The power rule

The power rule is very simple and easy to remember. It dictates how to differentiate functions of the form $ f(x) = x^n $ .

$$ f(x) = x^n \\ f'(x) = nx^{n-1} $$
Figure 1: The power rule defined.

Here's a simple example.

$$ f(x) = x^5 \\ \begin{align} f'(x) & = 5x^{5-1} \\ & = 5x^4 \end{align} $$
Figure 2: Differentiating using the power rule.

What happens if there is a coefficient present? The same pattern is retained. We apply the power rule to the variable term, and then multiply by the coefficient.

$$ f(x) = 2x^3 \\ \begin{align} f'(x) & = 2 \times 3x^{3-1} \\ & = 2 \times 3x^{2} \\ & = 6x^2 \end{align} $$
Figure 3: What happens if there's a coefficient present?

The rule is also applicable for negative powers.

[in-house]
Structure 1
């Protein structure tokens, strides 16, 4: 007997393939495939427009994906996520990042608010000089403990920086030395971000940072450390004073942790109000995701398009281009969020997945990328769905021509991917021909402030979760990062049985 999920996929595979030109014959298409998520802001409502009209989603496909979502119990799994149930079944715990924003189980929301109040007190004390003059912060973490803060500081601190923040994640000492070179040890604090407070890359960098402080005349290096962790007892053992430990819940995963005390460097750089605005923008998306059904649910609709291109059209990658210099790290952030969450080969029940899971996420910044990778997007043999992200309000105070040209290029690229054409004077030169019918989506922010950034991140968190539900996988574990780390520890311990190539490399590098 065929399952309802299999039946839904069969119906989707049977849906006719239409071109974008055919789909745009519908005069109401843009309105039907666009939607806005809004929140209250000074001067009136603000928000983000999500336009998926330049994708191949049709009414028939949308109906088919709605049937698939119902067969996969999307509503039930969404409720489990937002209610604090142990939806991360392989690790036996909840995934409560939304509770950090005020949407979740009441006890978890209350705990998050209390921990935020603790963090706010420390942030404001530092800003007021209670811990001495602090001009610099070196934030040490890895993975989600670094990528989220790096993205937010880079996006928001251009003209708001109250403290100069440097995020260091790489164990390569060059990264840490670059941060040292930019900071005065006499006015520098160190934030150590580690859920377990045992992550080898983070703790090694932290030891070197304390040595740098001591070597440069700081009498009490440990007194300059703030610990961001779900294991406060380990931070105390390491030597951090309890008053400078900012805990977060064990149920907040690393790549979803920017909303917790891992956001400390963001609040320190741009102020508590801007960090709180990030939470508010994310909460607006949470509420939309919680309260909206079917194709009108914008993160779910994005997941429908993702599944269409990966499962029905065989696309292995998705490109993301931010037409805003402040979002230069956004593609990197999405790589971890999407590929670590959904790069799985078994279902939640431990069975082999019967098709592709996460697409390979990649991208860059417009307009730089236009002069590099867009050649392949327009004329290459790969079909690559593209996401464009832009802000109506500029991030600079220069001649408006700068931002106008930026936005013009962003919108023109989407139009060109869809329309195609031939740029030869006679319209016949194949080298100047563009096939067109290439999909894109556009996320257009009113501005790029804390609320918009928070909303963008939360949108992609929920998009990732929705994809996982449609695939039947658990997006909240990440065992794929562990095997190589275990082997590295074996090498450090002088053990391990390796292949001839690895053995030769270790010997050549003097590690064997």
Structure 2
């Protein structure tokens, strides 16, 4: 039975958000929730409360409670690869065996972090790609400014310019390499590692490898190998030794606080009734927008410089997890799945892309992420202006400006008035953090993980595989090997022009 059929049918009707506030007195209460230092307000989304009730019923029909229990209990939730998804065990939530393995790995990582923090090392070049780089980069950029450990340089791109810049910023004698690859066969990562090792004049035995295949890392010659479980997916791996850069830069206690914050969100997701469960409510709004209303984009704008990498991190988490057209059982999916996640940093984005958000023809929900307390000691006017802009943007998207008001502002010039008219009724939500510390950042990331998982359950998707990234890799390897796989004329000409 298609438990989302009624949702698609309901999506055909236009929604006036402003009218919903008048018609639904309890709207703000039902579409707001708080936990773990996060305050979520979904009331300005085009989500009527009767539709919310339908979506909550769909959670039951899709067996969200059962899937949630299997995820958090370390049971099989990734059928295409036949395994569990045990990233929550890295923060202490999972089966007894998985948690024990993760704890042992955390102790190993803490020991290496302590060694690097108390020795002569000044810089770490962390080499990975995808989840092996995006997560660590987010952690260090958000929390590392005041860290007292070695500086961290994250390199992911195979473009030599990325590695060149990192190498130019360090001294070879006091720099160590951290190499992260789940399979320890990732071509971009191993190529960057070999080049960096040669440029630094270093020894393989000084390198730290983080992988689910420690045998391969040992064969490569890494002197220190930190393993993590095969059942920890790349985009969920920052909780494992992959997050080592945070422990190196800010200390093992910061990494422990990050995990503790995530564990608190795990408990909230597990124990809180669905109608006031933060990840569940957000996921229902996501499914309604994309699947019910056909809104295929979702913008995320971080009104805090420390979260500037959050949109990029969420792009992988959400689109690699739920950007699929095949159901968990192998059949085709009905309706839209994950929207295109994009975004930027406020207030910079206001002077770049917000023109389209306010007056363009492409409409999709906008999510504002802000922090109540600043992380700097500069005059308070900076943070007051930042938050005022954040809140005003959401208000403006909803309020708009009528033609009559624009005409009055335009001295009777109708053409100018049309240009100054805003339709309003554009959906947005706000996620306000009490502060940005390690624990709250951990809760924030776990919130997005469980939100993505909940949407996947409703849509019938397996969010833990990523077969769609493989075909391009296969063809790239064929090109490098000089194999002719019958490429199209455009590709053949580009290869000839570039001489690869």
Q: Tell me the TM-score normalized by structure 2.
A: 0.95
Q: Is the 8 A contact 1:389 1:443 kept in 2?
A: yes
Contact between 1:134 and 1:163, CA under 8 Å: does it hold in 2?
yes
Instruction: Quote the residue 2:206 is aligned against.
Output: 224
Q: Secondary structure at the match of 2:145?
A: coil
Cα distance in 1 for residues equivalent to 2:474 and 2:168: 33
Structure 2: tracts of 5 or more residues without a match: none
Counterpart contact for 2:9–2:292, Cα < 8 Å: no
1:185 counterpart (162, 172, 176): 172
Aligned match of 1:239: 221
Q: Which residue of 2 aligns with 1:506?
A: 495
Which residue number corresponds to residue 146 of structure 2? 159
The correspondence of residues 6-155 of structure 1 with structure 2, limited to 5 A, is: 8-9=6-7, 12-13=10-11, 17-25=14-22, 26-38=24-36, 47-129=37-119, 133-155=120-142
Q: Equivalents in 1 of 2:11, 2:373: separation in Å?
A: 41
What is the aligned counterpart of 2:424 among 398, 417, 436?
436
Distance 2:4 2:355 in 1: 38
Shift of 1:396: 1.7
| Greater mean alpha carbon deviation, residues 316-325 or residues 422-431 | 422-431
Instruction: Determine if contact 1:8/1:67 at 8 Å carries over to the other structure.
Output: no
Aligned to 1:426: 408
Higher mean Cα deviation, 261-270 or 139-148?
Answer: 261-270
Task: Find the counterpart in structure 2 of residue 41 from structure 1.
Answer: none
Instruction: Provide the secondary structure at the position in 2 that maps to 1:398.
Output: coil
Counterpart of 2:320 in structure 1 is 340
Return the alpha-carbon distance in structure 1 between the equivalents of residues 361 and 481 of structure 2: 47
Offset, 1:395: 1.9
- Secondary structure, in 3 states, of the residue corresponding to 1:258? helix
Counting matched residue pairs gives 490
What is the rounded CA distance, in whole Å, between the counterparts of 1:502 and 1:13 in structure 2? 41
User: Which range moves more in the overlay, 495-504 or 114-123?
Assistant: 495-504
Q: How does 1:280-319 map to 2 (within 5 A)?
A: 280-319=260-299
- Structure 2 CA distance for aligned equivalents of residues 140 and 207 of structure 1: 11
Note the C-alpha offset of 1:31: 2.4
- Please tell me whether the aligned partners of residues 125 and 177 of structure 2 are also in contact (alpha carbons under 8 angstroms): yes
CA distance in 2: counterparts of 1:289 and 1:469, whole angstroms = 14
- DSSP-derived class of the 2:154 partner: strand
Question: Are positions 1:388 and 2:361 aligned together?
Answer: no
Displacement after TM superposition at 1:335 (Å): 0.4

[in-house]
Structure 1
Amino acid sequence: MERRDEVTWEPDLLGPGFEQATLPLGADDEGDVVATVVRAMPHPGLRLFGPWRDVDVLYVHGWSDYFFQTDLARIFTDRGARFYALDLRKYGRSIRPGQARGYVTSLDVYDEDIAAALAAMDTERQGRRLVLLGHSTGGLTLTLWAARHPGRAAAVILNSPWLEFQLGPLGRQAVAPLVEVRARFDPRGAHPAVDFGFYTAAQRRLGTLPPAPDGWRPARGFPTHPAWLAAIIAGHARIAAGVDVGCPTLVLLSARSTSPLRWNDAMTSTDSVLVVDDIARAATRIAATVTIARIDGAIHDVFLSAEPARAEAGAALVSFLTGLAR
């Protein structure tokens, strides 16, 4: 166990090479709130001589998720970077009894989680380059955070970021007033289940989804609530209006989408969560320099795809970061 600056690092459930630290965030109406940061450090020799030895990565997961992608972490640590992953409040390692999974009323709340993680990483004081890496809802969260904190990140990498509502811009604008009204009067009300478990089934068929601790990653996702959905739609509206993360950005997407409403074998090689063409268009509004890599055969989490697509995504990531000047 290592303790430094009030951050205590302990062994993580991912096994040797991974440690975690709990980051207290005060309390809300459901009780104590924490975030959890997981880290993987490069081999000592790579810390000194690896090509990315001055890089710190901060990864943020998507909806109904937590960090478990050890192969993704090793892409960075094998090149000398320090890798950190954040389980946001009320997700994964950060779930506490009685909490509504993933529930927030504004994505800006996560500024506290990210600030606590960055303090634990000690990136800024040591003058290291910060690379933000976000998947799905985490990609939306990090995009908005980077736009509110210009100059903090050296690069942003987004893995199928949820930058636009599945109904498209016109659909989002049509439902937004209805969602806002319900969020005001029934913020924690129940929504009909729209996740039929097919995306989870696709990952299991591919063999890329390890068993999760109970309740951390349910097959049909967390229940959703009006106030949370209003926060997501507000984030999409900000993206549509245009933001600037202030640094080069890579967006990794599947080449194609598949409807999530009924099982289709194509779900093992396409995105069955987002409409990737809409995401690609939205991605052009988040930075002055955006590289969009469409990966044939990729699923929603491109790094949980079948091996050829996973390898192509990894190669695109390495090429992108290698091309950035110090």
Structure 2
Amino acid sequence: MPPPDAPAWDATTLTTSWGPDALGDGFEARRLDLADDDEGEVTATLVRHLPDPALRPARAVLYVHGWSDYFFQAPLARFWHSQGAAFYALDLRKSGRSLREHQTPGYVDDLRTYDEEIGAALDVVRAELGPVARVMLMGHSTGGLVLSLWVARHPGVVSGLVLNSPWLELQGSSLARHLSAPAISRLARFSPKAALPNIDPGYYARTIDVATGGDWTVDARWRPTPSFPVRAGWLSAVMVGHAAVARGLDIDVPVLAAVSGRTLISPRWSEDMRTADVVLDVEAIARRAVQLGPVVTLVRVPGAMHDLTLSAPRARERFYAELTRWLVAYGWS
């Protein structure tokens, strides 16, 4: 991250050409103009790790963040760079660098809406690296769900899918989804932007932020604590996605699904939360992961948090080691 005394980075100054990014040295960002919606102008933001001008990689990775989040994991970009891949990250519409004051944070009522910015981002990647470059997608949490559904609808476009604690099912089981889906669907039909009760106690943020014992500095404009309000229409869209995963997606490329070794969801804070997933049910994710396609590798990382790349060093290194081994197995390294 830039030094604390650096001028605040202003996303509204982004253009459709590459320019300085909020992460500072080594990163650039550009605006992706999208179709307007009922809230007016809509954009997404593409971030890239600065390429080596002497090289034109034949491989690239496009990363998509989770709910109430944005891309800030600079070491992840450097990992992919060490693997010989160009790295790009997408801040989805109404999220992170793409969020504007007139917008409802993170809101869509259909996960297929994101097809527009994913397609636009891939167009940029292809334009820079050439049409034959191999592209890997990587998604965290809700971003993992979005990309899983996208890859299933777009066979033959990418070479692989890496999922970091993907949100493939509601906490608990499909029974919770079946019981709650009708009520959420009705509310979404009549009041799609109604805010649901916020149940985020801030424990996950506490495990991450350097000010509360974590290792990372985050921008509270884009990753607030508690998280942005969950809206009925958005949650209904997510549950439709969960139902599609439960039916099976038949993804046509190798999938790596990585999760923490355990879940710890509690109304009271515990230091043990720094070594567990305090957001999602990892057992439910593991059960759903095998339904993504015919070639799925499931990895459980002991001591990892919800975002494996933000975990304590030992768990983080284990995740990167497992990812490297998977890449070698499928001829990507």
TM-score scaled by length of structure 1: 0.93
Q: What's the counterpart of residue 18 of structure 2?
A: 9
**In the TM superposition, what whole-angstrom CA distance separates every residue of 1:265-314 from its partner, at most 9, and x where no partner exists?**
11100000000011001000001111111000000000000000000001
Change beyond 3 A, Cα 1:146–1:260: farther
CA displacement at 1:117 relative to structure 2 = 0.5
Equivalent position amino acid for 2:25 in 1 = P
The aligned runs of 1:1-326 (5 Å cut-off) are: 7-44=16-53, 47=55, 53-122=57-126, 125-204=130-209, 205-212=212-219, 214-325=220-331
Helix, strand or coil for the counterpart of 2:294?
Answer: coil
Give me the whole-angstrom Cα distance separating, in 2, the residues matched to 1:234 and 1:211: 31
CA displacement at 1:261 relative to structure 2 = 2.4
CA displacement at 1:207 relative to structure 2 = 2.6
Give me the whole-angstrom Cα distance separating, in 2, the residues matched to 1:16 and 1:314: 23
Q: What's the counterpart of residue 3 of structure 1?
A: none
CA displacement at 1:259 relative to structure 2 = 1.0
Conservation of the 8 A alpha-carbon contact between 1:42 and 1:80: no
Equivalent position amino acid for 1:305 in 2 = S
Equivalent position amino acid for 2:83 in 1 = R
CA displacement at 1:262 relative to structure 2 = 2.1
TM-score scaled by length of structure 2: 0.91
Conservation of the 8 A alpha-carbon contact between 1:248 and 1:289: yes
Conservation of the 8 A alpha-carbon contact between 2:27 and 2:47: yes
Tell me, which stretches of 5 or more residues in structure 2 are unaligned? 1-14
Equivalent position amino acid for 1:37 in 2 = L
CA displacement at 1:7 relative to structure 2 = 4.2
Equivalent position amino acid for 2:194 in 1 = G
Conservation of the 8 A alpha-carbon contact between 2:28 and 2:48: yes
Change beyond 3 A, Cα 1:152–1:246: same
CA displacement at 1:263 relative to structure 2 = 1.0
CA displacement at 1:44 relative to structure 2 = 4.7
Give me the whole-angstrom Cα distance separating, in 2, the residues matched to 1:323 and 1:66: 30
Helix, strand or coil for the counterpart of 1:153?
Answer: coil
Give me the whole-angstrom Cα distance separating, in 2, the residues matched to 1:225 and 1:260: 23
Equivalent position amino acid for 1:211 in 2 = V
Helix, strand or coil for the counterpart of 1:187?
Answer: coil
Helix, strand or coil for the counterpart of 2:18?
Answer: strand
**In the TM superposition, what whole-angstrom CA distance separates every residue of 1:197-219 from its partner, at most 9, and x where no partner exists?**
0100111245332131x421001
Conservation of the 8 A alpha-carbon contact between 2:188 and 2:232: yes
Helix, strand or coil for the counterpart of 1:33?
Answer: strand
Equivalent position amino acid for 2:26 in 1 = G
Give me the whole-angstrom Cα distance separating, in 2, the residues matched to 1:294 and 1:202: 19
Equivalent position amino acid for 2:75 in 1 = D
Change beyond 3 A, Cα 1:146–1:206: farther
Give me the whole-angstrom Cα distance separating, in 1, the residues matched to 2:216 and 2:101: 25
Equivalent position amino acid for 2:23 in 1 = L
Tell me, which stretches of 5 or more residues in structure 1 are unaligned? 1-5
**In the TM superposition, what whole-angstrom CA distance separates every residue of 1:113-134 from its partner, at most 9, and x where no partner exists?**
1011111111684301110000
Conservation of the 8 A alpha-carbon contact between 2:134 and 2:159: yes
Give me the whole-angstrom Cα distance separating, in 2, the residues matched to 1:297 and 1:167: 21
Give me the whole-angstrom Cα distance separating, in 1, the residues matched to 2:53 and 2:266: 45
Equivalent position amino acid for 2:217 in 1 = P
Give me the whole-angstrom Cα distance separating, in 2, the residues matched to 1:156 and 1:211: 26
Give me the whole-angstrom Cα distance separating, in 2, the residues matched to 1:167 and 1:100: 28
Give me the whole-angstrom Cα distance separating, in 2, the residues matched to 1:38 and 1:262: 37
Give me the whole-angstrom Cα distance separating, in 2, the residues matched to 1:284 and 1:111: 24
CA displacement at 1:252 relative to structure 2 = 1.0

$$ f(x) = 2x^{-3} \\ \begin{align} f'(x) & = 2 \times -3x^{-3-1} \\ & = 2 \times -3x^{-4} \\ & = -6x^{-4} \end{align} $$
Figure 4: Example with negative powers.

Differentiating a polynomial

We can use the power rule when differentiating polynomials as well. We apply the rule to each term individually, and keep the same structure.

$$ f(x) = 3x^3 + 4x^5 \\ \begin{align} f'(x) & = (3 \times 3x^{3-1}) + (4 \times 5x^{5-1}) \\ & = (3 \times 3x^{2}) + (4 \times 5x^{4}) \\ & = 9x^2 + 20x^4 \end{align} $$
Figure 5: Polynomials can also be differentiated via the power rule.